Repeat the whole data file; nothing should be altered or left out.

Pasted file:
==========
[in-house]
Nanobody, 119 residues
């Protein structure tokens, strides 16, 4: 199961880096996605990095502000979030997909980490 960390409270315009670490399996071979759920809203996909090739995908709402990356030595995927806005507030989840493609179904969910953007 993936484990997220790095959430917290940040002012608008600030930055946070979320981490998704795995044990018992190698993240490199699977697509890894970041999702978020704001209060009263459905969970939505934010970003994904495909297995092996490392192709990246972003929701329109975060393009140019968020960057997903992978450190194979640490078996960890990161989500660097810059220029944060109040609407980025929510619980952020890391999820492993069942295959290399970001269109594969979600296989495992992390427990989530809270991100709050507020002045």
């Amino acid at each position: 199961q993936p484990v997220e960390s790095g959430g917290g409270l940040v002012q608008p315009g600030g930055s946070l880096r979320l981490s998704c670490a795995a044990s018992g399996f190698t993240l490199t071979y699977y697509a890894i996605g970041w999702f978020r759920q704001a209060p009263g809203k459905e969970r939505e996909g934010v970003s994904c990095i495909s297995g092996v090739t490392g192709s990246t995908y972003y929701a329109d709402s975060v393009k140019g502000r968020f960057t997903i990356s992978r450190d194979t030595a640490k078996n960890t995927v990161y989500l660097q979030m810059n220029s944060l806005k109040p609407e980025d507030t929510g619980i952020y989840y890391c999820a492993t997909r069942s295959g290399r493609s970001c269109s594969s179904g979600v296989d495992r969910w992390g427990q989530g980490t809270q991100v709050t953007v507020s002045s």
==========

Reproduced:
[in-house]
Nanobody, 119 residues
């Protein structure tokens, strides 16, 4: 199961880096996605990095502000979030997909980490 960390409270315009670490399996071979759920809203996909090739995908709402990356030595995927806005507030989840493609179904969910953007 993936484990997220790095959430917290940040002012608008600030930055946070979320981490998704795995044990018992190698993240490199699977697509890894970041999702978020704001209060009263459905969970939505934010970003994904495909297995092996490392192709990246972003929701329109975060393009140019968020960057997903992978450190194979640490078996960890990161989500660097810059220029944060109040609407980025929510619980952020890391999820492993069942295959290399970001269109594969979600296989495992992390427990989530809270991100709050507020002045």
């Amino acid at each position: 199961q993936p484990v997220e960390s790095g959430g917290g409270l940040v002012q608008p315009g600030g930055s946070l880096r979320l981490s998704c670490a795995a044990s018992g399996f190698t993240l490199t071979y699977y697509a890894i996605g970041w999702f978020r759920q704001a209060p009263g809203k459905e969970r939505e996909g934010v970003s994904c990095i495909s297995g092996v090739t490392g192709s990246t995908y972003y929701a329109d709402s975060v393009k140019g502000r968020f960057t997903i990356s992978r450190d194979t030595a640490k078996n960890t995927v990161y989500l660097q979030m810059n220029s944060l806005k109040p609407e980025d507030t929510g619980i952020y989840y890391c999820a492993t997909r069942s295959g290399r493609s970001c269109s594969s179904g979600v296989d495992r969910w992390g427990q989530g980490t809270q991100v709050t953007v507020s002045s």